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Lethbridge Herald Newspaper Archives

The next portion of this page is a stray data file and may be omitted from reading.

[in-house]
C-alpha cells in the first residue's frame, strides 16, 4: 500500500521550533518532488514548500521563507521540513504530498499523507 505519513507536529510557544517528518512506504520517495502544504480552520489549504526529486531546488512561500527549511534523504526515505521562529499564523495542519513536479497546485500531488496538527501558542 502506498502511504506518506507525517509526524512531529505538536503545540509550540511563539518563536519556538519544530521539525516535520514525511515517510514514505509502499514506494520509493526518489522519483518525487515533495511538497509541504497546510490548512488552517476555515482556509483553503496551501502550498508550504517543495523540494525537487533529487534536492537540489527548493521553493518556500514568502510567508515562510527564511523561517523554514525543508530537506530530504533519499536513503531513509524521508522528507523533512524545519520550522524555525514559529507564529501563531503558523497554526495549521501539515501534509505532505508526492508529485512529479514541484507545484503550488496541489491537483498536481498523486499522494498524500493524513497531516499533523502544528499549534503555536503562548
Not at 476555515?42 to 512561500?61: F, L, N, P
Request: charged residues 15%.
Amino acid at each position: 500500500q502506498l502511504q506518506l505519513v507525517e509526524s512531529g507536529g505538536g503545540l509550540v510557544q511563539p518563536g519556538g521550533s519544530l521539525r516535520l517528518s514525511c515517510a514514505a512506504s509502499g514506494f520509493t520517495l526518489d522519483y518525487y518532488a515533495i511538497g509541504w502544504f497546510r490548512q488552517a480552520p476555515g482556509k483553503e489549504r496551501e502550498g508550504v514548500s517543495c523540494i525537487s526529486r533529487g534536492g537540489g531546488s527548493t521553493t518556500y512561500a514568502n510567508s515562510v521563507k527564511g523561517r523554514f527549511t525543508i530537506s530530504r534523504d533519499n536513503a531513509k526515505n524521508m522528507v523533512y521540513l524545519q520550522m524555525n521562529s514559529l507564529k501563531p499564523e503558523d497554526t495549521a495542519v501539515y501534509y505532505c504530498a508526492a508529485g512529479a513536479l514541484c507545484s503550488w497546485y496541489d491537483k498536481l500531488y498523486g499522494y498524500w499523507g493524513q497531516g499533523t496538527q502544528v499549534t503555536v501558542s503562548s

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Lethbridge Herald, The (Newspaper) - September 4, 1974, Lethbridge, Alberta LETHBRIDGE September Will govern industry for years to come Decisions awaited on cable TV development ROTARY INDO SEPT. 5-6- LETHBRIDGE EXHS 2 SHOWS DAILY 1 P.M. and P.M. Judging at a.m. each morning. SHOW I IITION PAVILION ss ADA TICKETS Reserve Seats Rush Seats Miss Blair Lancaster will be opening the show on Friday and Saturday on uehaif of the Big Brothers of Lethbridge and Dis- trict. Special (Family Rates Rush Seats per family. ROY REGISTER RIVERSIDE, CALIFORNIA The Lethbridge Community College Eques- trian Team will be the intermission feature attraction with their square dancing on horseback. By JAMES NELSON OTTAWA (CP) Political, administrative and judicial decisions are expected this fall that will govern develop- ment of the community an- tenna television (CATV) in- dustry for years to come. Commonly called cablevi- sion, the distribution of tele- vision programs by cable to viewers who subscribe on a- monthly or annual basis has rapidly become a major money-making enterprise. Governments seek an increas- ing piece of the action through licences and administrative control. Latest official statistics show that 2.3 million sub- scribers paid million for cable TV services in the year ended Aug. 31, 1973. That was an increase of 25 per cent in subscribers and 32 per cent in revenues from the previous year. But while the industry con- tinues to grow and holds promise of new electronic marvels for the home, it is beset by controversy at fed- eral and provincial levels of government and in the courts. At the federal level, the Ca- nadian Radio-Television Com- mission (CRTC) exercises control over licensing of com- panies, determining their ser- vice areas and deciding what TV broadcast channels they carry. It also looks at their financial statements and controls the rates they may charge subscribers. The CRTC, headed by Chairman Pierre Juneau, ex- ercises this power under the Broadcasting Act on the as- sumption that cablevision is an extension of the broad- casting system, which is a federal constitutional respon- sibility. But some provinces, notably Quebec, Ontario, Manitoba and Saskatchewan, question this assumption. Quebec and Ontario want a say in the li- censing while Manitoba and Saskatchewan seek control of the actual cables themselves, through their provincially- owned telephone systems. The subject has been de- bated at federal-provincial conferences of commu- nications ministers, but it ap- pears the disputes will only be resolved in constitutional dis- cussions between Prime Minister Trudeau and the pro- vincial premiers. The subject was left in the air when the July 8 federal general election was called. It is one of the subjects the fed- eral government has to sort out from competing issues for further discussions, possibly this fall. Manitoba proposed last spr- ing that the Manitoba Telephone System (MTS) take over cables in that province as current contracts between the privately-owned cablevision companies and the MTS ex- pire in the next five years. FOUGHT BY COMPANIES The Canadian Cable Tele- vision Association representing the majority of cablevision owners and oper- ators, sees the Manitoba pro- posal as sounding the death knell of private enterprise in the field and opening the way to provincial censorship of cablevision programming. The Canadian Association of FDDD UTHWASH VALUES MILD CHEESE CRACKERS BLACK DIAMOND 12oz.pkg MEDIUM CHEESE COFFEE MATE INSTANT CHOCOLATE CRISCQ OIL BLACK DIAMOND 12oz.pkg. 2il15 ASSORTED COOKIES CATELL: MACARONI CKEE-'i 7% oz DARES KING SIZE 28 oz. FOODS FROZEN WAFFLES PANCAKE SYRUP VINEGAR CANADA WHITE 128 oz. RITZ CRACKERS CREST TOOTHPASTE DRINKS AMntAppM. Orapw, VISKING SMOKED PICNIC ib........................................... f SAUSAGE Skinless, Ib. PORK CHOPS End Cuts, Ib........... LEG ROAST BONELESS BEEF !c GROUND BEEF Lean, ib. APPLES Macintosh Canada Fcncf, Ib. GRAPES Ribier California, ib...... PRUNE PLUMS B.C. Canada Domestic it JL 23C CELERY Calif Canada No. l.lb. ibo White Foods Broadcasters repre- senting the industry that pro- duces the programs carried by cablevision systems, sup- ports the CCTA. A major test case in the Federal Court of Canada is be- ing prepared and may come up for trial late this fall. It arises from the CRTC's proposal that when cablevi- sion companies pick up United States programs to distribute them in Canada, they should delete American advertising messages and substitute Canadian material. The CRTC defends this pro- posal on grounds that too many Canadian advertising dollars go across the border to be spent on American TV, which is then fed back to Ca- nadian subscribers. Rogers Cable TV Ltd., one of the firms serving the big Toronto market, introduced commercial deletion and sub- stitution with approval of the CRTC. But three Buffalo, N.Y., TV stations, outlets for American networks, launched a suit for damages and for violation of copyright and trade mark laws. The CRTC has applied to the court to be a co-defendant in the suit. The commission has not yet ruled firmly on the com- mercial deletion and substitu- tion proposal and probably will not until the court action has been resolved. There is another to be made by Finance Minis- ter John Turner and Revenue Minister Robert which the commercial policy of cablevision operations may hinge. The objective of the CRTC is to encourage advertisers to spend their money in Canada, rather than on U.S. television. A proposal is being studied by the finance and revenue de- partments to disallow for tax purposes, as an expense of do- ing business, any ex- penditures on American ad- vertising. A decision on this point is not likely at least until Mr. Turner presents his budget to the first session of the new Parliament opening Sept. 30. Cablevision enables sub- scribers to obtain better TV service in areas where direct broadcast signals are weak and to receive programs from stations beyond range of nor- mal rooftop antennas. It is spreading rapidly into areas far removed from the U.S. border and the heavy population areas of southern Quebec, Ontario and B.C. But the farther cablevision systems spread from the ma- jor broadcast outlets, the more complicated is the ques- tion of microwave relay net- works. The CRTC is working on network grid planning to serve the more remote areas and minimize economic diffi- culties. These plans, if accepted by the cable TV operators and other regulatory bodies, may make it possible to work more quickly to serve more of the country. Meanwhile, ways are being worked out by which the cab- levision companies will con- tribute to the cost of pro- gramming now born by the television broadcast stations. SOME PAY VOLUNTARILY In the earlier days of cable- vision, cable companies sim- ply picked up TV" signals off the air and fed them to their subscribers. Lately some cable companies have recog- nized they owe something to the producers of the shows. Two voluntary payment plans have been approved by the CRTC, in Halifax and in Kamloops, B.C. As these be- come effective this fall, the CRTC will watch how suc- cessful they are. The prece- dents might be followed in other parts of the country. The Canadian Broadcasting League, an association of viewers and listeners with a long history of dedication to public broadcasting, has com- plained that the CRTC allows the cablevision companies ex- cessive profits. The CRTC denies this. "This is a regulated in- Mr. Juneau has said. "You can't make excessive profits and get away with si." TREND REVERSED PRINCE GEORGE, B.C. Password O News Urt's Make A Deal 09 Eye Bet B Vatic O nays